Tag Archives: letting go

Lessons from the garden

By Bette Blance, M.Ed Studies

About eighteen months ago we had a very large copper beech tree cut down.  It was a heart- breaking decision but it had been planted 40 years previously too close to the house.  Being a deciduous tree it lost its leaves every winter and during the year, several other ‘drops’ of  calyces and hard seed pods added to the clogging of the gutters and a roof that  was deteriorating.

I had always loved the view of the copper beech tree as the lower branches framed our bedroom window.  It was picture postcard view in all seasons.

Several things happened as a result of removing the tree.  A bed of roses alongside the house have now flourished and flowered magnificently during the spring and summer.

A large camellia tree came into full view and as the flowering season continued, it spread a carpet of bright pink petals below it.  I had not appreciated how beautiful this tree was until it stood there alone and proud, not crowded out by the copper beech. I had just not seen it. garden-bette

We sometimes focus on what we have lost and don’t see the other things that are already in our lives.  The lesson of letting go the copper beech was that the view changed and was replaced, when I chose to see it, by something equally as beautiful.

In life there are so many examples of how we cling to old things, hanker after things in the past and fail to notice what is good around us. We can spend a lot of time wanting something that no longer exists, whether it be a relationship or a that dream job, when we could be asking ourselves what is the miracle of what we have now.

In the words of Jeffrey McDaniel “I realise there’s something incredibly honest about trees in winter, how they’re experts at letting things go.”
 

Let Go…

By Dr. Ken Larsen

This is one technic for catching monkeys. Hollow out a large gourd, leaving a small opening at one end.  Inside the gourd put a piece of fruit that monkeys like a lot.  Then anchor the gourd securely and move on out of sight.  Soon, a monkey will come along to check out the gourd.  Finding the tempting piece of fruit inside, he reaches in and tries to pull it out.   But the opening in the gourd is just big enough to get his hand in.  Once he grasps the fruit inside, his hand is just too large to pull back out of the opening.  Not wanting to let go of the fruit, the monkey is trapped with his hand in the gourd.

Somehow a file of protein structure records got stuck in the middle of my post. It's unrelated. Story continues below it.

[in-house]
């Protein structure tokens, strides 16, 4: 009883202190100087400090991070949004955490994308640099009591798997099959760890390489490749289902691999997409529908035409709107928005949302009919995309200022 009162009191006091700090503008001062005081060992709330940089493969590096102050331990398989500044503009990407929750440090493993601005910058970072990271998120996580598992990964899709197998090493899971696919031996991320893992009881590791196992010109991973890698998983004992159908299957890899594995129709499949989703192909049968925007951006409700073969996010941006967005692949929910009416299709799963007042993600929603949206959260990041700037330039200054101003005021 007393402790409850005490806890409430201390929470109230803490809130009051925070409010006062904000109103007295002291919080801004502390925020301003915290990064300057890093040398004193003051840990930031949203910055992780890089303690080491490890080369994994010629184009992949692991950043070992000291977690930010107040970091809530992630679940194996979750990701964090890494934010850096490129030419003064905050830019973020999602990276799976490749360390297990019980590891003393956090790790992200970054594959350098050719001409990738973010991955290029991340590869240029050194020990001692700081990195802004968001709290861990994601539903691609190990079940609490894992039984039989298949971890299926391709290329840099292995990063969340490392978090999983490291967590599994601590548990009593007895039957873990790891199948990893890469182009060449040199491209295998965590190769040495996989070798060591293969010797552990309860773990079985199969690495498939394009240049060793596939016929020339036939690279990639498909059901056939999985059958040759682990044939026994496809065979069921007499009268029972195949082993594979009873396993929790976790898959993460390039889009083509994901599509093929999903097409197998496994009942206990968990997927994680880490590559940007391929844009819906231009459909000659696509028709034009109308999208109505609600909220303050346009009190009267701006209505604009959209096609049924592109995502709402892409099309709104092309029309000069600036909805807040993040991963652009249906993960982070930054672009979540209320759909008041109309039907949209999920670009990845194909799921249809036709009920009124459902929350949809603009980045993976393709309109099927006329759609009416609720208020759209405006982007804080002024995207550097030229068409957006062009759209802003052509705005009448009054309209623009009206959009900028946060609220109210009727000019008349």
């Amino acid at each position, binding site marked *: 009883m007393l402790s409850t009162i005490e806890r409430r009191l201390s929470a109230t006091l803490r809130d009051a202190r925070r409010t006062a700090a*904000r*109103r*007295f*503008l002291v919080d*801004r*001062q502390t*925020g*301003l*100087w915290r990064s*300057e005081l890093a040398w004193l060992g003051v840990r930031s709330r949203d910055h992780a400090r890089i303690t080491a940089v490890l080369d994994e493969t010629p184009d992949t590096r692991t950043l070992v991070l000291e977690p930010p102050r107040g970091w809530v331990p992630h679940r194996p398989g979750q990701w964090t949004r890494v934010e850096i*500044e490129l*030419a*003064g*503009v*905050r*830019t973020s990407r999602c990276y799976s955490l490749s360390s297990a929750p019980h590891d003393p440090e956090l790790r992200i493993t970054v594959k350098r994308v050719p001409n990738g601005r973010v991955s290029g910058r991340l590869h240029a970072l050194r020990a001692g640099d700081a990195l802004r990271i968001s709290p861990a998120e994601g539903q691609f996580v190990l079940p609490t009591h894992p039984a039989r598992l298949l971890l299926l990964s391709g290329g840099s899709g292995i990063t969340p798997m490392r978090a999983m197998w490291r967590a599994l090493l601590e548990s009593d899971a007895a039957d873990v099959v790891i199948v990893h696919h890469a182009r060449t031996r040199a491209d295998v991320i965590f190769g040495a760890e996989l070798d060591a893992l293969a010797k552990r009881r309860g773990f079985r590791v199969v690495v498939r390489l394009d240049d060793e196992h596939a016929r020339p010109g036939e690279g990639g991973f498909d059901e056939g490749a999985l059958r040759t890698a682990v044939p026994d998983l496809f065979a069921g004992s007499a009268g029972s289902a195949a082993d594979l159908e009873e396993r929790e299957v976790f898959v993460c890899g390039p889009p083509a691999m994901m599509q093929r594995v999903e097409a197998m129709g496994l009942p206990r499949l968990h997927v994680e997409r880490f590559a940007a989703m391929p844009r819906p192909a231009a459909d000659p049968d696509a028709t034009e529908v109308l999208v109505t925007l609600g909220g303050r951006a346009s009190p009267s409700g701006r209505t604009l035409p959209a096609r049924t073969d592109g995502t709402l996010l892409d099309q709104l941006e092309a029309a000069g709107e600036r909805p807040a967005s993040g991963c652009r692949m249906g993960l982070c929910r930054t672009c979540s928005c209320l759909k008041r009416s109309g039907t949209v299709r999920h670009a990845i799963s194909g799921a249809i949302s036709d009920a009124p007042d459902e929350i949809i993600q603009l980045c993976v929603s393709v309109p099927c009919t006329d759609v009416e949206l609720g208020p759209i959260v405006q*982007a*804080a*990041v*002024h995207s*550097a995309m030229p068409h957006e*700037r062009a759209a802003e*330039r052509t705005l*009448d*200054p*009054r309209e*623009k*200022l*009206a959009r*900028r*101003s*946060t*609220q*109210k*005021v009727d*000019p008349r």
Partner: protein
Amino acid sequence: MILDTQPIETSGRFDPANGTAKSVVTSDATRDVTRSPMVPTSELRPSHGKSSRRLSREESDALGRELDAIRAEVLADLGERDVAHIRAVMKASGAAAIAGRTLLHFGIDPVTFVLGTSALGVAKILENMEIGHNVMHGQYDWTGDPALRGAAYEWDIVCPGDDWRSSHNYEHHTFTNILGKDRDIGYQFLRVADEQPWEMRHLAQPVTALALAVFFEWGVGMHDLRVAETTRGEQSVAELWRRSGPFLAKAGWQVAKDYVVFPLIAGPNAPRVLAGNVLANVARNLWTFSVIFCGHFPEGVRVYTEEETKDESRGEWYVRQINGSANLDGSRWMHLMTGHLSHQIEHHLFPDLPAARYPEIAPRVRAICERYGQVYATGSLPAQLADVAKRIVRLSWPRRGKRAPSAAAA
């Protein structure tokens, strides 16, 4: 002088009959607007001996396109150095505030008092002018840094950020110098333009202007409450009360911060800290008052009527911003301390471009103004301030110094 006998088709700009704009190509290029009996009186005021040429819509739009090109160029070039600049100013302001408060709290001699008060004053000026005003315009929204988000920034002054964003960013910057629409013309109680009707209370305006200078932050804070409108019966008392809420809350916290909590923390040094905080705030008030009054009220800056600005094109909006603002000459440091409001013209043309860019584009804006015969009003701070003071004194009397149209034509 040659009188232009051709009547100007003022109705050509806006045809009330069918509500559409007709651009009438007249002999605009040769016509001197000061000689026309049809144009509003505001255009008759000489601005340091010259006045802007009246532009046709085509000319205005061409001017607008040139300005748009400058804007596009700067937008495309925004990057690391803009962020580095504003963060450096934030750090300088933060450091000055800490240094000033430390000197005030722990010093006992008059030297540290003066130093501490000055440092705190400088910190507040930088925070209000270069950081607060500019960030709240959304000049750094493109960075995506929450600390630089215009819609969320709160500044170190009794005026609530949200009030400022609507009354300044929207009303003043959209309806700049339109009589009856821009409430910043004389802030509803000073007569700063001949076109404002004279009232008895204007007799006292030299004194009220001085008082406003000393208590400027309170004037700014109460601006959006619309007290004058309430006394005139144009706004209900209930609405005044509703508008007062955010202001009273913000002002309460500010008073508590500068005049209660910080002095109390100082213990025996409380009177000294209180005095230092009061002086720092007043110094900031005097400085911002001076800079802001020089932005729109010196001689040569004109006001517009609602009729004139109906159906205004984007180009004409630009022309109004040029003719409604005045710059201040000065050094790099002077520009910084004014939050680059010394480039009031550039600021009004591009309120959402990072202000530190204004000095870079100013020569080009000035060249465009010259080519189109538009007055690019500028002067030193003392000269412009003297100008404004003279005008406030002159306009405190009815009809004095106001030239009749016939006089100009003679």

monkeyAll the monkey has to do to get free would be to let go of the fruit, pull his hand out of the gourd and scamper up a nearby tree.

I wonder how often we grab and hold on to something that we think we want and need in spite of the harm it’s doing to us.

Some of the more destructive things we habitually hold on to are resentments.  Something happened to us in the past that was harmful or hurtful.  Sometimes the memories of these hurtful events haunt us and we play them again.  There are many reasons for “playing the old tapes” and none of them are good.  Each time we revisit those old resentments, the old feelings come back.  We need to let go.  Forgive the offender and make a conscious choice not to linger in those painful past places.  It takes some effort to do this, but life today will be better if we let the past stay past.

All too often the psychic/emotional pain caused by re- feeling these resentments leads us to looking for relief in a behavior or substance.   We feel bad and want to feel good and the cycle of resentment and pain can lead us to some wrong places to find the good feelings we want so badly.  Those “wrong places, can be behaviors or substances that are addictive.  We cycle from feeling bad to trying to feel good only to come back to feeling bad.  We are stuck and don’t know how to let go.

Sometimes it’s hard to know the difference between a true addiction and just a bad habit.  The one distinguishing characteristic that answers the question for me is “use despite harm.”  If we’re doing something or using something and it’s doing us harm and we can’t just stop, I think “addiction”.

“Use despite harm” can cover behaviors, substances, even certain relationships.  The key to letting go is to recognize that we are holding on to something that is harmful to us and then getting the help and support we need to let go and get free.